More than ever, we need your help. image

More than ever, we need your help.

From new barnyard friends to new programs and new equipment, our staff is working hard to create real and meaningful experiences for visitors and virtual learners. But we can't do it without you.

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It’s been a tough year. But 2020 has also opened our eyes to what matters – community, connection, and finding ways to stay active. So many people have looked to the outdoors as a way to unplug, re-connect, and find some peace and balance amidst the stresses of this year.

Across the nation, giving to environmental and education groups is down 60 percent, but members like you have shown up for us.

From new barnyard friends to new programs and new equipment, our staff are working hard to create real and meaningful experiences for both visitors and virtual learners, Please help us continue our good work into the new year with your gift.



The story of the Fergusons and Hard Bargain Farm is an opportunity to understand not just an isolated piece of history, but to preserve a full picture of how one couple pioneered the key elements of environmental conservation as we know it today.

For more than 60 years the Alice Ferguson Foundation has provided the opportunity for hands-on, active and direct experience outdoor environmental and agricultural education to hundreds of thousands of urban and under-served elementary schoolchildren from Washington, DC, and the nearby suburbs of Maryland and Virginia

A Day at the Farm, painting by Alice L. L. Ferguson

In the early 1920s Alice Ferguson (1880-1951), wife of Henry Gardiner Ferguson, was a dynamic, creative artist trained as a painter at the Corcoran School of Art. She began to look for a country property close to the couple's home in Washington, D.C., and in 1922, bought Hard Bargain Farm, a place that would change the course of her life, transforming it into a unique, remarkable environment that is still alive with the mark of her creative touch.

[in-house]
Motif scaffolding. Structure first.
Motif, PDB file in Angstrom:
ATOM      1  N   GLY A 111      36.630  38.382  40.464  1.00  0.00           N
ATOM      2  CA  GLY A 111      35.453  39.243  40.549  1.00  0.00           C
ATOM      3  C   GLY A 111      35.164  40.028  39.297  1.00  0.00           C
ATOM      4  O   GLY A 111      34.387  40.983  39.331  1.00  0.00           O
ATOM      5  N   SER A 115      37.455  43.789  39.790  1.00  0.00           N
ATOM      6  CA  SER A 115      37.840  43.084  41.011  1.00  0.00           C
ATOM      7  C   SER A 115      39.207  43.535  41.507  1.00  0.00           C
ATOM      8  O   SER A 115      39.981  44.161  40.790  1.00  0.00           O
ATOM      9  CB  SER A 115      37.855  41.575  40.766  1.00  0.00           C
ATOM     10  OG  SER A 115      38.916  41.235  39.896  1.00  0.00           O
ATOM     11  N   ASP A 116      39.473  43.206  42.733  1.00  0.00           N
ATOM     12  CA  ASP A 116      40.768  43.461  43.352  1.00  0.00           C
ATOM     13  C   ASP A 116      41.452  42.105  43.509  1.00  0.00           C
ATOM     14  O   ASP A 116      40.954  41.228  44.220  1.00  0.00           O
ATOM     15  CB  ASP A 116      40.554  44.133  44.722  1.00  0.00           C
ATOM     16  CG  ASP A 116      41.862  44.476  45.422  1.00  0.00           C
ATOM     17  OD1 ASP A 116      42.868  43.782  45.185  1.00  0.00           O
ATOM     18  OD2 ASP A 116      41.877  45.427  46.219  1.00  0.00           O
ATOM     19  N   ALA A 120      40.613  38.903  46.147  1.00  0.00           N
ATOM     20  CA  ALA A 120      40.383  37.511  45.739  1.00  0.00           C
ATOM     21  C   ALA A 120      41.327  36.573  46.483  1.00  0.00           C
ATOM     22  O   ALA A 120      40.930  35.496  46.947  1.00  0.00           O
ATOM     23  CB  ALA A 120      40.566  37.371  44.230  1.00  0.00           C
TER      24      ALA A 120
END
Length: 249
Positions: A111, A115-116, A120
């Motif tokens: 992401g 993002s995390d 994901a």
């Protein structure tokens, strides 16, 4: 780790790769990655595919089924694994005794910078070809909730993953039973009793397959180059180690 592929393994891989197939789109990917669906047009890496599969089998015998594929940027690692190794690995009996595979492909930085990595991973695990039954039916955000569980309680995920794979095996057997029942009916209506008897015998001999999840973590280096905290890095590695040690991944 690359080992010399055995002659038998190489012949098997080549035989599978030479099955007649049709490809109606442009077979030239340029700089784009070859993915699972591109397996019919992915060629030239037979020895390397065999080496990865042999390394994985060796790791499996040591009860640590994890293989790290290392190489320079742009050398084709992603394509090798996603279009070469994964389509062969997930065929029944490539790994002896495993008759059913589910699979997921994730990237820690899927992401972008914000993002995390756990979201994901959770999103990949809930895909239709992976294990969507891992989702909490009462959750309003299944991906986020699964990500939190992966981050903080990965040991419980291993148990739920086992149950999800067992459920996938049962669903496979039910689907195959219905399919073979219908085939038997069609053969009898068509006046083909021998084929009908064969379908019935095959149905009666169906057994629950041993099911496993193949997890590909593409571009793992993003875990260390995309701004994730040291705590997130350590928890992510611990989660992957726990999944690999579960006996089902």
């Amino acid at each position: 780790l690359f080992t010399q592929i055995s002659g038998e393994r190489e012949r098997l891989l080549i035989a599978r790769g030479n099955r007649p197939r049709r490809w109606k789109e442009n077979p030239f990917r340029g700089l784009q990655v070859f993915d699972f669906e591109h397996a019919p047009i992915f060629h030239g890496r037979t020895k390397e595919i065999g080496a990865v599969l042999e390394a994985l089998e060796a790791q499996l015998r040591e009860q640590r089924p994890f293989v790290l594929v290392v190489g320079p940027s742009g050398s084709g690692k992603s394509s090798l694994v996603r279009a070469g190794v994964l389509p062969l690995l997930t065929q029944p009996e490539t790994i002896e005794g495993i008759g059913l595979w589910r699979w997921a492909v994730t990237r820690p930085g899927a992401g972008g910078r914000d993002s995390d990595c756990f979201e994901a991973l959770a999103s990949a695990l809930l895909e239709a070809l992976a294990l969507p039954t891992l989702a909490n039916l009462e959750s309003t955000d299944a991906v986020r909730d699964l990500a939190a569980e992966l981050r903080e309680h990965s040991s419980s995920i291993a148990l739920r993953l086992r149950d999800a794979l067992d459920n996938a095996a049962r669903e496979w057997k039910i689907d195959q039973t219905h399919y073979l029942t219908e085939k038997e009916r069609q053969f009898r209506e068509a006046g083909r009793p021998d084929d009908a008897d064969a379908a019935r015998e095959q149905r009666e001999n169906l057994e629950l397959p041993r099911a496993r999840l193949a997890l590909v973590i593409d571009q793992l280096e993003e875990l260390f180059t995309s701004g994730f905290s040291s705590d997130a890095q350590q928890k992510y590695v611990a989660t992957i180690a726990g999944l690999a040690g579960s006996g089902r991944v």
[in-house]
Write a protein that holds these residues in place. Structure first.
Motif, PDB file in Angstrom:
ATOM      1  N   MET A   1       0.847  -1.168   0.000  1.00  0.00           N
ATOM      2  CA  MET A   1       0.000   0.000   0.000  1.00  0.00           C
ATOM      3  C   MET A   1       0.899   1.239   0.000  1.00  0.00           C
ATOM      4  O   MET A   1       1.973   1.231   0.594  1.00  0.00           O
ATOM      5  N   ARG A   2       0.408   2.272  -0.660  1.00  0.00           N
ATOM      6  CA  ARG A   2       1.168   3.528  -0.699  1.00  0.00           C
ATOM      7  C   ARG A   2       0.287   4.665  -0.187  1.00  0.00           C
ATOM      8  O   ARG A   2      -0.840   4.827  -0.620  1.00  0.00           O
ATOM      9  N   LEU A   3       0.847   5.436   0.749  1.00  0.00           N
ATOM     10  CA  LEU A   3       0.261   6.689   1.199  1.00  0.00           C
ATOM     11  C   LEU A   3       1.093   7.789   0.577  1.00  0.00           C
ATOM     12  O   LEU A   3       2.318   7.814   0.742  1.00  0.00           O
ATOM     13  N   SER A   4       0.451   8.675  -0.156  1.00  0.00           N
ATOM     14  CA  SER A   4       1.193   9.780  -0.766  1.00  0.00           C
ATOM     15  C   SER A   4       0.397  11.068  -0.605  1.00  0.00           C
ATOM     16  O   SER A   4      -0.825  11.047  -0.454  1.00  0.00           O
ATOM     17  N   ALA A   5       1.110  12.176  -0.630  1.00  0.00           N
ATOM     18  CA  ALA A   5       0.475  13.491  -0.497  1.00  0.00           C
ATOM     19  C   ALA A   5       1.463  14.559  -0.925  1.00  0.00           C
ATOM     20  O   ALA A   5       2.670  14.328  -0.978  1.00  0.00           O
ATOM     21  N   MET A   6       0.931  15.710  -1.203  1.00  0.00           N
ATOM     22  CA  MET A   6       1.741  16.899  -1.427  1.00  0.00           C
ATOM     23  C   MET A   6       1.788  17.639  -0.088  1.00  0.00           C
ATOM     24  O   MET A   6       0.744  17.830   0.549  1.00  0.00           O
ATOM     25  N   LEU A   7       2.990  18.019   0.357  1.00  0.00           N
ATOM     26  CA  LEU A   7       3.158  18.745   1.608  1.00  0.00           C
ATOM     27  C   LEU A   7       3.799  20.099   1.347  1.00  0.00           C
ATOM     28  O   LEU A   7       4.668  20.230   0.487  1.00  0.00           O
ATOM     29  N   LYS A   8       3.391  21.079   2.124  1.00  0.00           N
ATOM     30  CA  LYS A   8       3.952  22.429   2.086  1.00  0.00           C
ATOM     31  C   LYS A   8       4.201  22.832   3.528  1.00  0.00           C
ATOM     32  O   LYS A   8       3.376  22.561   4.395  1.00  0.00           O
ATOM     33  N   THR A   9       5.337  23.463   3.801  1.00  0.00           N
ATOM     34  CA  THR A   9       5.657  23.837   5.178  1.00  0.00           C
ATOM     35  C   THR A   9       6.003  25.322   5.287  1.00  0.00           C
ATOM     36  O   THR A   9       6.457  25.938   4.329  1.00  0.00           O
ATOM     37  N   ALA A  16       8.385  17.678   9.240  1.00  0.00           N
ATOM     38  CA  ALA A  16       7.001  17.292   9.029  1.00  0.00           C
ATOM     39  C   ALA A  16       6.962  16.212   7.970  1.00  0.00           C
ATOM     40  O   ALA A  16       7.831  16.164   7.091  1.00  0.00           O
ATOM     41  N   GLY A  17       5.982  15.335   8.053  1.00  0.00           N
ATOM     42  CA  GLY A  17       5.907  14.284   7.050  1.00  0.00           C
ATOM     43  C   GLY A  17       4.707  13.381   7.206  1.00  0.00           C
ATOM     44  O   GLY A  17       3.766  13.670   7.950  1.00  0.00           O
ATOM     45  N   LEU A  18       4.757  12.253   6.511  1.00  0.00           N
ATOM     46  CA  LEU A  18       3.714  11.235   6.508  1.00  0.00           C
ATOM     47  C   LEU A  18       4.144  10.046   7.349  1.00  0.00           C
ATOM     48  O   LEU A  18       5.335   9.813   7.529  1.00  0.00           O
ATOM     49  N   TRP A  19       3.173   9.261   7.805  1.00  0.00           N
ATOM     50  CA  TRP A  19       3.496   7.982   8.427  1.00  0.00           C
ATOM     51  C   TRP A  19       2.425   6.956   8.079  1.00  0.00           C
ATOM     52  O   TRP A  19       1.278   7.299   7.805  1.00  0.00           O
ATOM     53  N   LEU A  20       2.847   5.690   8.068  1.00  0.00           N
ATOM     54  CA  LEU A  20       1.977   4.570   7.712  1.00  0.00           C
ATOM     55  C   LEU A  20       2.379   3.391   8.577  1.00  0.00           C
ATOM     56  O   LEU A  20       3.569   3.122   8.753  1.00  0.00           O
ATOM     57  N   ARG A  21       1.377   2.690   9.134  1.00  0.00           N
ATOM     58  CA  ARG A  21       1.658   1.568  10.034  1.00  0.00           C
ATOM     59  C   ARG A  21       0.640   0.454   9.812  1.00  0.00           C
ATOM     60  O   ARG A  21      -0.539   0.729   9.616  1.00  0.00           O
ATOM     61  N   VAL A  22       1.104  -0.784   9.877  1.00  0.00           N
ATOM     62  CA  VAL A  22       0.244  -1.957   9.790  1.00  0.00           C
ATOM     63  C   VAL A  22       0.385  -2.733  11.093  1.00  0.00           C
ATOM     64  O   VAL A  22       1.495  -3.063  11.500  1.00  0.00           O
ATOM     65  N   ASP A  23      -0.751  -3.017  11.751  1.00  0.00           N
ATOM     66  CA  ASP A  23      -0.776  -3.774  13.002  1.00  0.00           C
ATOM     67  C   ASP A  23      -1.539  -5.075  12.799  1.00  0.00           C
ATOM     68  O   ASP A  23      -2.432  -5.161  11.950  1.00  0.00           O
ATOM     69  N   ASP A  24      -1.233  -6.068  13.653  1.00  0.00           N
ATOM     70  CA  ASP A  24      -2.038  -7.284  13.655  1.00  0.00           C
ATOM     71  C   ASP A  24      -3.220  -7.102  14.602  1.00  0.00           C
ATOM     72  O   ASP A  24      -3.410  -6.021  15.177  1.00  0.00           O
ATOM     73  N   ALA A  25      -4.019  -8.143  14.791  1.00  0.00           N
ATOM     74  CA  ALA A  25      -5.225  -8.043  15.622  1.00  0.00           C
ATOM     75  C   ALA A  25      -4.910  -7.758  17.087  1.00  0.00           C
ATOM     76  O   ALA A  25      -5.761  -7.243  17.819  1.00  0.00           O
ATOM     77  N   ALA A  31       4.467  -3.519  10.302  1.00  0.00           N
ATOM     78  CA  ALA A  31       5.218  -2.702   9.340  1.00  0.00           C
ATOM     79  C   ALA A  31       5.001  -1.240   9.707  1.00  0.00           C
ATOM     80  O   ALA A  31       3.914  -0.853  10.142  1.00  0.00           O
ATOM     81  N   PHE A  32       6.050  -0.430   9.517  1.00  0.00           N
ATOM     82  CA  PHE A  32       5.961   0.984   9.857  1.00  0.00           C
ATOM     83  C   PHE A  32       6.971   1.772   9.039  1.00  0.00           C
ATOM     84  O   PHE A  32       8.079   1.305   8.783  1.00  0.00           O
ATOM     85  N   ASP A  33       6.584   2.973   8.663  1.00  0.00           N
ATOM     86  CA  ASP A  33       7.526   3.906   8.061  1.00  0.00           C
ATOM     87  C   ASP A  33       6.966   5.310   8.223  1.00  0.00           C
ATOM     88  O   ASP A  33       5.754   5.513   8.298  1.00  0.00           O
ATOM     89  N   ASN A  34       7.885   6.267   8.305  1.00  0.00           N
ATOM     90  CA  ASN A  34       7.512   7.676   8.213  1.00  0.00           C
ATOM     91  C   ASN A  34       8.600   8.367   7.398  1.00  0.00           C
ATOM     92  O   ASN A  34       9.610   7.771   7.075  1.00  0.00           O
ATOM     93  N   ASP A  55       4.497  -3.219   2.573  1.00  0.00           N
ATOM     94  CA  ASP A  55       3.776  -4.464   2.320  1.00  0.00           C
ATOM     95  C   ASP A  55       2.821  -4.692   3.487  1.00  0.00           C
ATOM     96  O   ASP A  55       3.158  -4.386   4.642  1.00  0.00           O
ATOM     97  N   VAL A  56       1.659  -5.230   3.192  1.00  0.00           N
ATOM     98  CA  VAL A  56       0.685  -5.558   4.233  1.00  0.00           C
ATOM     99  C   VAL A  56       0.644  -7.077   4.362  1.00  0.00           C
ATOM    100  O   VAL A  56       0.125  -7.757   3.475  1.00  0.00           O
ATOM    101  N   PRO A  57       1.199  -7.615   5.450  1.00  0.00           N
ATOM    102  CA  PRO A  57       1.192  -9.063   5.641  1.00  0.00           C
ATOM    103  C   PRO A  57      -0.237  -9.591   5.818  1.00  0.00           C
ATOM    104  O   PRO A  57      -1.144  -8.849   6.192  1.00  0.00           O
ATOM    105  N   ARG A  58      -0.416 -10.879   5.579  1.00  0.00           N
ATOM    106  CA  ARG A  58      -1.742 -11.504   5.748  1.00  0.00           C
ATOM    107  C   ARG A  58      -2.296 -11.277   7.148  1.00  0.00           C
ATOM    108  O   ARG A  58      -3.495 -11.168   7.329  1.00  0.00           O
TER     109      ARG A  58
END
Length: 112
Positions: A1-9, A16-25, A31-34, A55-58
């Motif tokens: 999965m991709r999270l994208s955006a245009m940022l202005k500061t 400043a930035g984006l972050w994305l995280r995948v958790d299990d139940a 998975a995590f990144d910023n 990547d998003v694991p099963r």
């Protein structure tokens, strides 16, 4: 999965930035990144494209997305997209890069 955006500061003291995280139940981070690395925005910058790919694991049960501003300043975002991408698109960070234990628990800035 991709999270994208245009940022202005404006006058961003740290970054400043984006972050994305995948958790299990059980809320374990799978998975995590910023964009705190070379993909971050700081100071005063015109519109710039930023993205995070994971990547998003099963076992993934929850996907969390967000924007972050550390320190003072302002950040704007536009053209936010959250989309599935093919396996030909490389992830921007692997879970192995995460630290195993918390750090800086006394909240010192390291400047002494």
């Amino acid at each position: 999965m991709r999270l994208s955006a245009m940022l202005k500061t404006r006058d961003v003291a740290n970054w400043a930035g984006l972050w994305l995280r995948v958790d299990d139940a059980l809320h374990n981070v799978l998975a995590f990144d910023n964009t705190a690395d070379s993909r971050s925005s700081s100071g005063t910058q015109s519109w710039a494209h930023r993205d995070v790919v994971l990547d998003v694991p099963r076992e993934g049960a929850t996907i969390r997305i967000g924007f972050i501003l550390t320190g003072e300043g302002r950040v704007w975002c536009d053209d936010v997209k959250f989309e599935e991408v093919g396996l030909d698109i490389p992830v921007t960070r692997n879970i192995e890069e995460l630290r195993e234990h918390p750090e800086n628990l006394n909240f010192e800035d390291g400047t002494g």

Alice produced an impressive array of artworks, designed and built the farmhouse at Hard Bargain Farm, managed the working farm which is still operating today, created a "Country Place Era" formal garden, and trained herself as an archaeologist to explore Native American sites discovered on the farm.

To commemorate these contributions made by Alice, Henry, a well-known USGS geologist, established the Alice Ferguson Foundation in 1954 as a non-profit organization, chartered in the state of Maryland.

Aerial Photo of the FarmHard Bargain Farm, initially a 330 acre plot of land along the banks of the Potomac River across from historic Mount Vernon, includes a farmhouse, barnyard and farm structures, rolling hills, fields, woods and wetlands in relatively untouched, undeveloped condition. In the 1960's the lower half of the farm was deeded to the National Park Service to form the central part of Piscataway National Park, which preserves and protects the viewshed from Mount Vernon across the river in Virginia.

Today the Alice Ferguson Foundation annually

  • serves 4,000 elementary school students in one- and two-day (overnight) environmental and agricultural programs onsite;
  • serves an additional 6,000 students in National and State parks throughout the metropolitan Washington, DC area;
  • trains hundreds of teachers in outdoor environmental curricula; and
  • leads the Trash Free Potomac Watershed Initiative, a community-wide movement in trash education and reduction through volunteer cleanups, a Trash Summit, and policy, regulation and market-based solutions to the trash issue.